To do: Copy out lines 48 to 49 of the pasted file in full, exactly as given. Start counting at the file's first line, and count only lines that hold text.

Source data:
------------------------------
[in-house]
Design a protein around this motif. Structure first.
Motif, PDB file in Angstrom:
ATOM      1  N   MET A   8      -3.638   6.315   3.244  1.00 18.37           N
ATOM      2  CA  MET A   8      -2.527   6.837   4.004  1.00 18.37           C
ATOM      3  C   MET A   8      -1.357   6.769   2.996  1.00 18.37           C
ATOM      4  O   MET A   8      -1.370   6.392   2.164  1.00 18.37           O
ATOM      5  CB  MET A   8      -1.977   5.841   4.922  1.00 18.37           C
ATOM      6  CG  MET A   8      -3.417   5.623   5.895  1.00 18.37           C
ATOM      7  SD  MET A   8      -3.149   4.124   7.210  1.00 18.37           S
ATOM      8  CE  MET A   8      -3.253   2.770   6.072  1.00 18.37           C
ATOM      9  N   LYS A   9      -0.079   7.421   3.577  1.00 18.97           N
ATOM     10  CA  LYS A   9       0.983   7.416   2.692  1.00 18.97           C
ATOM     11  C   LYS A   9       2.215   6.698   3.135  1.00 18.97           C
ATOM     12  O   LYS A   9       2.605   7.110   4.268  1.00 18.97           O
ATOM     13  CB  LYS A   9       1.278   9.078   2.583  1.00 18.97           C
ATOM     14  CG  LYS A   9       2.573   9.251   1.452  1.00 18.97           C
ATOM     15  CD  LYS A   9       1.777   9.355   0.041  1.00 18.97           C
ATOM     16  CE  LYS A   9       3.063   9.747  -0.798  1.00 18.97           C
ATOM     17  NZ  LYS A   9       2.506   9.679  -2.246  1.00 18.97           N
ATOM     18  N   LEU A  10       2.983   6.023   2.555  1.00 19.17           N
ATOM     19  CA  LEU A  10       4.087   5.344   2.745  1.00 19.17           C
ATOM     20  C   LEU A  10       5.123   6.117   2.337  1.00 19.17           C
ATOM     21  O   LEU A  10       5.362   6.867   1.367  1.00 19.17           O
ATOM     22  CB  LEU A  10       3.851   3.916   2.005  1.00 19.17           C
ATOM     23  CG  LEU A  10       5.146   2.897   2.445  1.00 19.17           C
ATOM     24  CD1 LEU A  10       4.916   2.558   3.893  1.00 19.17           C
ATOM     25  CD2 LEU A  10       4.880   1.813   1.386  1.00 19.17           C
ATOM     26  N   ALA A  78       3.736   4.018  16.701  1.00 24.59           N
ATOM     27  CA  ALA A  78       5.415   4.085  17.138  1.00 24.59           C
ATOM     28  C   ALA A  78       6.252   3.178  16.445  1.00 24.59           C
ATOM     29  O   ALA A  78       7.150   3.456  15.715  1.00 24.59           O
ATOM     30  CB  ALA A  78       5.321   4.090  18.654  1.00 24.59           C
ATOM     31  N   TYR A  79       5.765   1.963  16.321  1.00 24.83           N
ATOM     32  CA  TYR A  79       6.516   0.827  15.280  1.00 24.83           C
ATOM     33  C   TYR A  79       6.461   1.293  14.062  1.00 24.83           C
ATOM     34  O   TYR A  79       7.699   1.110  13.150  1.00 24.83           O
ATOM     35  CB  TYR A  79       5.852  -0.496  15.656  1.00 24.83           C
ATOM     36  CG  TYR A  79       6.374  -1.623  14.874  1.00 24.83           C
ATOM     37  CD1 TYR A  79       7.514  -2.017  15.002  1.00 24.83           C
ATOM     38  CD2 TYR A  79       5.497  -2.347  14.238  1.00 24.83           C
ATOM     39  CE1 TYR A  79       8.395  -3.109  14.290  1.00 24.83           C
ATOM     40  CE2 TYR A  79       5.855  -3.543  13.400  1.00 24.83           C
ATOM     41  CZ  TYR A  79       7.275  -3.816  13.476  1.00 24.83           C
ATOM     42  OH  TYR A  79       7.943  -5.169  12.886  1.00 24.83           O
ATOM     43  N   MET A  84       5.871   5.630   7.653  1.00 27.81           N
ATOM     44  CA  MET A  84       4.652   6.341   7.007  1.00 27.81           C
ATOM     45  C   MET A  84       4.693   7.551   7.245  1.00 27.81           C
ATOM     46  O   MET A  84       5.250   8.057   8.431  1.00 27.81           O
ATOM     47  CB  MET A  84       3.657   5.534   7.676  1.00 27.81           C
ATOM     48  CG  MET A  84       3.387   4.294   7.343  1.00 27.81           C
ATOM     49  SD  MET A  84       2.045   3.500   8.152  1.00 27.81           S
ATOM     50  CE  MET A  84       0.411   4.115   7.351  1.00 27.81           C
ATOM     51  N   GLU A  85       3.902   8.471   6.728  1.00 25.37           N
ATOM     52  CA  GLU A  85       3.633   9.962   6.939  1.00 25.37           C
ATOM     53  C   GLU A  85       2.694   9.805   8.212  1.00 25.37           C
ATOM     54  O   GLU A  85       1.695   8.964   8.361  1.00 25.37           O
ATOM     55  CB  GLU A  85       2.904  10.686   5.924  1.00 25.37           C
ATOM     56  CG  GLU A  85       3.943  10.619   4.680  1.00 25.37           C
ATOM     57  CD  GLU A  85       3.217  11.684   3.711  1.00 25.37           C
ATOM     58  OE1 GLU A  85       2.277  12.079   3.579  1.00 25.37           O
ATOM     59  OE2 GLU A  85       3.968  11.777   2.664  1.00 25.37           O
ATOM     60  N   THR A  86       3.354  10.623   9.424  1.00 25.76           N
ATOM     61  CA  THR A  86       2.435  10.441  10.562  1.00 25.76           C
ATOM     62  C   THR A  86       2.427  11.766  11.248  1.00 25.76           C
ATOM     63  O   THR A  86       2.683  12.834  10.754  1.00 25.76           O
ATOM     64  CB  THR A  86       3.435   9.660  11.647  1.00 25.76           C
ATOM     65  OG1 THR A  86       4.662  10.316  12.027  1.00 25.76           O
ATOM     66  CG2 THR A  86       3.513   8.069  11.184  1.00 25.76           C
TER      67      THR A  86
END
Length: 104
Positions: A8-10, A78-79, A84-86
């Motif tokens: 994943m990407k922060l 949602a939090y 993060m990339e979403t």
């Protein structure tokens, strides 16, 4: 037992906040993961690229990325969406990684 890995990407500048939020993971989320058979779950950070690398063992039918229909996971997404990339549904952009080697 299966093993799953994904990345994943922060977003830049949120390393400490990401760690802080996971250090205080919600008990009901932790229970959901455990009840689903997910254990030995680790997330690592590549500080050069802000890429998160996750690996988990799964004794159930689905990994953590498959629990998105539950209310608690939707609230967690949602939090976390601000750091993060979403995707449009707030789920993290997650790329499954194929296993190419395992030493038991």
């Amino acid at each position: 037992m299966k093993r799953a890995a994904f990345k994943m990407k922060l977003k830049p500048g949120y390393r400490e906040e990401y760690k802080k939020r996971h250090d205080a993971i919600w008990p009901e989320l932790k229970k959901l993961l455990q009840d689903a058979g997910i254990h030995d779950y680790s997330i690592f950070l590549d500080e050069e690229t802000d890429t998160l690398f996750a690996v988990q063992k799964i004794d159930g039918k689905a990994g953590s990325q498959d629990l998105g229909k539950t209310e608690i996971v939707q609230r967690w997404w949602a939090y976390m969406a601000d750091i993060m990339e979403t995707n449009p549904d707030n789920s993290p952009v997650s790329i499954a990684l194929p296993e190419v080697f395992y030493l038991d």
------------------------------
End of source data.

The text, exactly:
ATOM     45  C   MET A  84       4.693   7.551   7.245  1.00 27.81           C
ATOM     46  O   MET A  84       5.250   8.057   8.431  1.00 27.81           O